Books are restocked as the library’s supply diminishes. 

“We’ve gone through a lot of books already, which is wonderful; that’s exactly what I like to see, and I’m glad that it’s being used,” Thomas-McGee said. “So we’re just continuously seeking donations, and used books, too. If you have something that you read and think would be a good fit to the work of anti-racism, or if it is putting a spotlight on an author or creator who is a person of color or an Indigenous person, that would be wonderful.” 

The library’s power, Thomas-McGee said, lies in its ability to deliver anti-racism tools directly from the experts. 

“I don’t have all of the tools to teach anti-racism,” she said. “I’m learning myself every day, all the time. So I’m hoping that we can spread the words of the experts in this field and the people who are doing the amazing work of teaching others. 

“I hope that people find those messages and internalize them so they can use them when they need them. They can use them to change their own behaviors and their own biases, and then also spread those ideas and thoughts to others as well when they need them. I think that’s the great thing about books, is that you can internalize all of those ideas, and then they’re there for you; they’re tools.” 

As a mother of a 1-year-old and a 5-year-old, Thomas-McGee said she’s been especially inspired by the children’s books featured in the library. One of her favorites is “You Matter,” by author and illustrator Christian Robinson.

“I think they’re good for adults, too,” Thomas-McGee said of children’s books, “because they’re so powerful, and they have to do it in such a short amount of space and time, and the message gets really distilled, and it’s so beautiful.” 

Lane said that members of the church have broadened their perspectives by reading, and he hopes library users will explore many of those same lessons: “That racism isn’t just a personal attitude, but is part of a larger system of privileges and behaviors within our society that is much harder to get rid of than just changing one person’s attitude. We’re hoping that people will be able to see the problem in a new light and be open to new approaches to developing a society that’s there for everybody.” 

Thomas-McGee said anti-racism has connections to everyone, regardless of race.

“I feel like it is my duty, especially as a white person, to do the work of anti-racism, because racism in our country is systemic, and it has been built by white people, so I want to be a part of breaking that down and making it better, bit by bit.”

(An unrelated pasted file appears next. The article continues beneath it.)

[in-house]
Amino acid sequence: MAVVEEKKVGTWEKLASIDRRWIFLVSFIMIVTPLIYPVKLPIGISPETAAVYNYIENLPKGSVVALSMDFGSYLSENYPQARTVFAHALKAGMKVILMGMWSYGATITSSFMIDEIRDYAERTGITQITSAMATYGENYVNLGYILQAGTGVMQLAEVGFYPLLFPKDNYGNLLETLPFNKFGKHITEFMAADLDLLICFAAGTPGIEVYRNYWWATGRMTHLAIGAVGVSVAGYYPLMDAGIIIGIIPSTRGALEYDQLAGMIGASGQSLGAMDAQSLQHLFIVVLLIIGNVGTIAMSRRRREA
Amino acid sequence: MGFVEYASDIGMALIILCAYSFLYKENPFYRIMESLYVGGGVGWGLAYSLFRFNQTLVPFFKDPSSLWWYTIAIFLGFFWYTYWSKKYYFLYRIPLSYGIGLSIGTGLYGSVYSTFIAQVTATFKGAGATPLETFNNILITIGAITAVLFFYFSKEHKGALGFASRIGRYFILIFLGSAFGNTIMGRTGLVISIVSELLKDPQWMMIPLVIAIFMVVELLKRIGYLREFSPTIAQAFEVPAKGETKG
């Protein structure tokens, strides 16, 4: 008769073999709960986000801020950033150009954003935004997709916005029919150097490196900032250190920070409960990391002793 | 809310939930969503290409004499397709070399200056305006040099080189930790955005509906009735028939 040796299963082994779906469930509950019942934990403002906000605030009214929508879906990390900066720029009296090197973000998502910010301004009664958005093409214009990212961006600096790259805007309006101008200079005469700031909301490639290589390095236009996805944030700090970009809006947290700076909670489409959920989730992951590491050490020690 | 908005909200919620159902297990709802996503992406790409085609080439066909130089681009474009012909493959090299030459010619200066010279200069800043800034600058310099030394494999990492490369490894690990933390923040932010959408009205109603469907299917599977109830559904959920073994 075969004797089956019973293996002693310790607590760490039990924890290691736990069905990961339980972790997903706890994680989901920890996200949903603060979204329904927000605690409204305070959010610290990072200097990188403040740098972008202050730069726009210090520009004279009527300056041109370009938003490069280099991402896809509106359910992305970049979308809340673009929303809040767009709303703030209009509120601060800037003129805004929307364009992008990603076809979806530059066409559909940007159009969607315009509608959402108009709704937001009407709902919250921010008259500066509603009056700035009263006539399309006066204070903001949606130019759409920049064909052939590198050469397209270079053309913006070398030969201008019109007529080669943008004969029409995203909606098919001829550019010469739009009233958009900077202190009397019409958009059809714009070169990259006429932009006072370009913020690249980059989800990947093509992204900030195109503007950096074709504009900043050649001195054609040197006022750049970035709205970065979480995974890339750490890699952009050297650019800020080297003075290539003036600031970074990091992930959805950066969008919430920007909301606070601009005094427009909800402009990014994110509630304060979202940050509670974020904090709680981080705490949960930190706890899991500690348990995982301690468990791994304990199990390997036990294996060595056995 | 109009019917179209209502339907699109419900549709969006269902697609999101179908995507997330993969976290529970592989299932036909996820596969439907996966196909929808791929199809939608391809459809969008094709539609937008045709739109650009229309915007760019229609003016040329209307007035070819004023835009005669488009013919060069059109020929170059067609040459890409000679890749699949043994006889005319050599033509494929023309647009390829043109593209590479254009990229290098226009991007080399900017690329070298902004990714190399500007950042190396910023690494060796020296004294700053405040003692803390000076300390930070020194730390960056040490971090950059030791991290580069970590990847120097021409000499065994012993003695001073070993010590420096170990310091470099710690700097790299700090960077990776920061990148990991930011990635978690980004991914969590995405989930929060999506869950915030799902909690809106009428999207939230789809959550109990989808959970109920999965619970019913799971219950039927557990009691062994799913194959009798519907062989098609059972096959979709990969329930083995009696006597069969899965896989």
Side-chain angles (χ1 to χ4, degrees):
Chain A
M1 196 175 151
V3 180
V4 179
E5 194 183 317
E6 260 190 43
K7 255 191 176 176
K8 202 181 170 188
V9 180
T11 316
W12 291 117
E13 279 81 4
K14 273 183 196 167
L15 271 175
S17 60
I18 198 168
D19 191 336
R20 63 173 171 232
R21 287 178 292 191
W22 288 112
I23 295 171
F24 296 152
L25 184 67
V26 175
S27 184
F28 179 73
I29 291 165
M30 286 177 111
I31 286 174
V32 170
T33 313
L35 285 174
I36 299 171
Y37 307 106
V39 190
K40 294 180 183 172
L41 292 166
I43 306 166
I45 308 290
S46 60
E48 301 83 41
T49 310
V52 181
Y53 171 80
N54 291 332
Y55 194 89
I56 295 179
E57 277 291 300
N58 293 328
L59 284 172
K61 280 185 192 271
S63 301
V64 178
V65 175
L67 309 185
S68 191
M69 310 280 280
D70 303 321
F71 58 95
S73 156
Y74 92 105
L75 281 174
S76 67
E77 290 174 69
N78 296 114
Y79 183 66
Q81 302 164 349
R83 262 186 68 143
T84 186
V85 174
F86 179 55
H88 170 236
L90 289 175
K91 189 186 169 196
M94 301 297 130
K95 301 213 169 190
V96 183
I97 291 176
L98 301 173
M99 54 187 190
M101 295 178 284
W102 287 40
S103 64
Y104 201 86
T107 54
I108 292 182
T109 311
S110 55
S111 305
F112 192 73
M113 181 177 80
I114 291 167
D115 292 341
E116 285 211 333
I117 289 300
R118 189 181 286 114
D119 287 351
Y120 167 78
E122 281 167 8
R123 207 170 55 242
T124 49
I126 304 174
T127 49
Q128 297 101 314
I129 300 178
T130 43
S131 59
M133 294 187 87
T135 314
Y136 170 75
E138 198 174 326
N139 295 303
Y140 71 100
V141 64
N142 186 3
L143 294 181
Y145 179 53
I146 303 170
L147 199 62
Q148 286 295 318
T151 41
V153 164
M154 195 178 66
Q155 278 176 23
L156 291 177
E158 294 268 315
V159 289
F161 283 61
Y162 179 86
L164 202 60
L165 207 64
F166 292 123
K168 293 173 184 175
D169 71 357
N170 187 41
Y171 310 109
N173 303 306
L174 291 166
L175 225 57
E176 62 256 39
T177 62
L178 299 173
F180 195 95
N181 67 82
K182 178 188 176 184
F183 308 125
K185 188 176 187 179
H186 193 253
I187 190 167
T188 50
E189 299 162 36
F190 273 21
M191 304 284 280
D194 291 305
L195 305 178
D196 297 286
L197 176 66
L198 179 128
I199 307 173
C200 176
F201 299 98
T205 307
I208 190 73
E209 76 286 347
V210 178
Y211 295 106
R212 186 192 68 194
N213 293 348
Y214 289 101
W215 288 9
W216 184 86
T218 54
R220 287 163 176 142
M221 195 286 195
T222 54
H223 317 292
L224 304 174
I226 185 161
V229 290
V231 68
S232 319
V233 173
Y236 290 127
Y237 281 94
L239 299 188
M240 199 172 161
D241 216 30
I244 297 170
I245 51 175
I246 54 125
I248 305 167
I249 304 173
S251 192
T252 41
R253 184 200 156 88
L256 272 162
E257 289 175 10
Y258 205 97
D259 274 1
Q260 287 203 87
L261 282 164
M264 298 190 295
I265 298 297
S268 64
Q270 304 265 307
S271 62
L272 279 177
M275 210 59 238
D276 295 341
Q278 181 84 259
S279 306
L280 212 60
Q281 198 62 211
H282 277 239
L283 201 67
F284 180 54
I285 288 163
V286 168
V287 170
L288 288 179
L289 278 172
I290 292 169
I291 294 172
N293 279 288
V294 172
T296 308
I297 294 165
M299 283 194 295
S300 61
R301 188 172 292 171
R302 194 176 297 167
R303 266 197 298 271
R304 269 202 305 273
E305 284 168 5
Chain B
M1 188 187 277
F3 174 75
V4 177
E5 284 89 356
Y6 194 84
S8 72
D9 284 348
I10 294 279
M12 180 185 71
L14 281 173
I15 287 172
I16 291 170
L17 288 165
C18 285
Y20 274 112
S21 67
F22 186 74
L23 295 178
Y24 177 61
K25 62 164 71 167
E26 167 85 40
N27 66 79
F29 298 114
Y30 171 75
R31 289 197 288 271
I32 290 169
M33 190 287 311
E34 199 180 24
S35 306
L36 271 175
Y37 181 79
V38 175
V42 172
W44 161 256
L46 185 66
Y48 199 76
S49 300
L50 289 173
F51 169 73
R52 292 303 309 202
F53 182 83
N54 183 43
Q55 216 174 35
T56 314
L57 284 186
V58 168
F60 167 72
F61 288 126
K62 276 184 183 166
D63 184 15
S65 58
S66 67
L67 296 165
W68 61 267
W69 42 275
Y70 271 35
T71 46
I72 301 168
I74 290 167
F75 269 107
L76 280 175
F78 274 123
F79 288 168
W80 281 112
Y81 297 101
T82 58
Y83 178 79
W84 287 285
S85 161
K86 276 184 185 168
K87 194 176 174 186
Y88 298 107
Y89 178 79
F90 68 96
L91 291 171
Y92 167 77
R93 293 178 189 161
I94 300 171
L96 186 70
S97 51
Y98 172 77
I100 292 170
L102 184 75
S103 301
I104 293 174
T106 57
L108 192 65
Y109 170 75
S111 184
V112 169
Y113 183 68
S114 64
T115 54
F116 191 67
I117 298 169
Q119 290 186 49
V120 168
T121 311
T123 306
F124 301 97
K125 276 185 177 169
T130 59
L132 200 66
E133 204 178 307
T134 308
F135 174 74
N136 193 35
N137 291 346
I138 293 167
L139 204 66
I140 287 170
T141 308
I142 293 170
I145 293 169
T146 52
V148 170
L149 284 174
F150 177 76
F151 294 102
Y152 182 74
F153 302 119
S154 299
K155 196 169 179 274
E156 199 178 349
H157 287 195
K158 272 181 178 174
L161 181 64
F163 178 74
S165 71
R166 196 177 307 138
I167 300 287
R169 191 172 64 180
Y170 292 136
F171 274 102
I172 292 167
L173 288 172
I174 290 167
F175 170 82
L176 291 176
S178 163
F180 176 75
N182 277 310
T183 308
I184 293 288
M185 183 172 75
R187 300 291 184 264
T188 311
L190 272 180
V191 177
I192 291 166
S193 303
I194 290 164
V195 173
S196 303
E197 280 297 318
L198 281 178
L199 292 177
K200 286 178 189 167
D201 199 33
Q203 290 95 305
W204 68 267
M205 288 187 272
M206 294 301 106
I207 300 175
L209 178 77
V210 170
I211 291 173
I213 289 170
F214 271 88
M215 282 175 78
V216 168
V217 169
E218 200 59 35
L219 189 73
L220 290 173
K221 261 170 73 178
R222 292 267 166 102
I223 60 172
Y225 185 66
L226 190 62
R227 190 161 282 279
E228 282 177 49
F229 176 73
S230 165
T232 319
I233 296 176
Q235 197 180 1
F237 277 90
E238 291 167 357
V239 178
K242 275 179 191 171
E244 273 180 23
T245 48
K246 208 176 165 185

She maintains that it’s not a political issue, but a responsibility we have to others as humans. 

“I think it’s a matter of human kindness and human respect for all people,” she said. “There shouldn’t be anything about a person that is out of their control that should mean they’re not respected or treated as human and loved and given the same opportunities as other people.

“I know that a little library’s not going to solve [problems of racism] in itself, but I do think the work of anti-racism starts and continues with small actions.” 

The library was dedicated at a small ceremony outside Brecksville UCC on Sept. 26. 

At the dedication, Thomas-McGee said, “I know that I am a white woman standing here talking about anti-racism, and from the looks of it – I’m not making any assumptions – we’re also a pretty white group. But I think that’s the point. It shouldn’t be a burden on people of color to do the work of anti-racism. It should be on us.”  To donate to the Anti-Racist Little Free Library, visit

Feature image photo caption: Neighbors on Whitewood Drive recently built an Anti-racist Little Free Library in their garages and installed it outside the Brecksville United Church of Christ. From l-r, Rachel, Will, Jacob (standing) and Nathan Ealy (being held), Daniel McGee, Henry McGee (standing), Gina Thomas McGee and George McGee (being held).

“You Matter” by Christian Robinson is placed in the Anti-Racist Little Free Library. Photo by G. Thomas McGee